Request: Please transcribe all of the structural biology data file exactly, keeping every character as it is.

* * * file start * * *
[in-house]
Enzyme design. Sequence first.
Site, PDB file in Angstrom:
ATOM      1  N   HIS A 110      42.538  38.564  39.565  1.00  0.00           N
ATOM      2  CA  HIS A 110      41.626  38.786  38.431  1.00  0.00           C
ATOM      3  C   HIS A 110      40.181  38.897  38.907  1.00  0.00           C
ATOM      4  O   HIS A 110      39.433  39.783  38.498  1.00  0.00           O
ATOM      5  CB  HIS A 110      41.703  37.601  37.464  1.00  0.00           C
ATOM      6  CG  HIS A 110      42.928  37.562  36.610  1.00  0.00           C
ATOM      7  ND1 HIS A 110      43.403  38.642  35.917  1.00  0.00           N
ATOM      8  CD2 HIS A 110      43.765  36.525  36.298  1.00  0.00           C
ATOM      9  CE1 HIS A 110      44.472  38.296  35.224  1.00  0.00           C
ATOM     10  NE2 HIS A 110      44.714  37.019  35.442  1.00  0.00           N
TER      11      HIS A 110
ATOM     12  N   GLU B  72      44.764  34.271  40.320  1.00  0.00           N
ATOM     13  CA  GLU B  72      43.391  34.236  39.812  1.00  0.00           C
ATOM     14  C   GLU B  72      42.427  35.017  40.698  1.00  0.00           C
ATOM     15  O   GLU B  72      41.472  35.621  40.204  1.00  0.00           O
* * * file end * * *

[in-house]
Enzyme design. Sequence first.
Site, PDB file in Angstrom:
ATOM      1  N   HIS A 110      42.538  38.564  39.565  1.00  0.00           N
ATOM      2  CA  HIS A 110      41.626  38.786  38.431  1.00  0.00           C
ATOM      3  C   HIS A 110      40.181  38.897  38.907  1.00  0.00           C
ATOM      4  O   HIS A 110      39.433  39.783  38.498  1.00  0.00           O
ATOM      5  CB  HIS A 110      41.703  37.601  37.464  1.00  0.00           C
ATOM      6  CG  HIS A 110      42.928  37.562  36.610  1.00  0.00           C
ATOM      7  ND1 HIS A 110      43.403  38.642  35.917  1.00  0.00           N
ATOM      8  CD2 HIS A 110      43.765  36.525  36.298  1.00  0.00           C
ATOM      9  CE1 HIS A 110      44.472  38.296  35.224  1.00  0.00           C
ATOM     10  NE2 HIS A 110      44.714  37.019  35.442  1.00  0.00           N
TER      11      HIS A 110
ATOM     12  N   GLU B  72      44.764  34.271  40.320  1.00  0.00           N
ATOM     13  CA  GLU B  72      43.391  34.236  39.812  1.00  0.00           C
ATOM     14  C   GLU B  72      42.427  35.017  40.698  1.00  0.00           C
ATOM     15  O   GLU B  72      41.472  35.621  40.204  1.00  0.00           O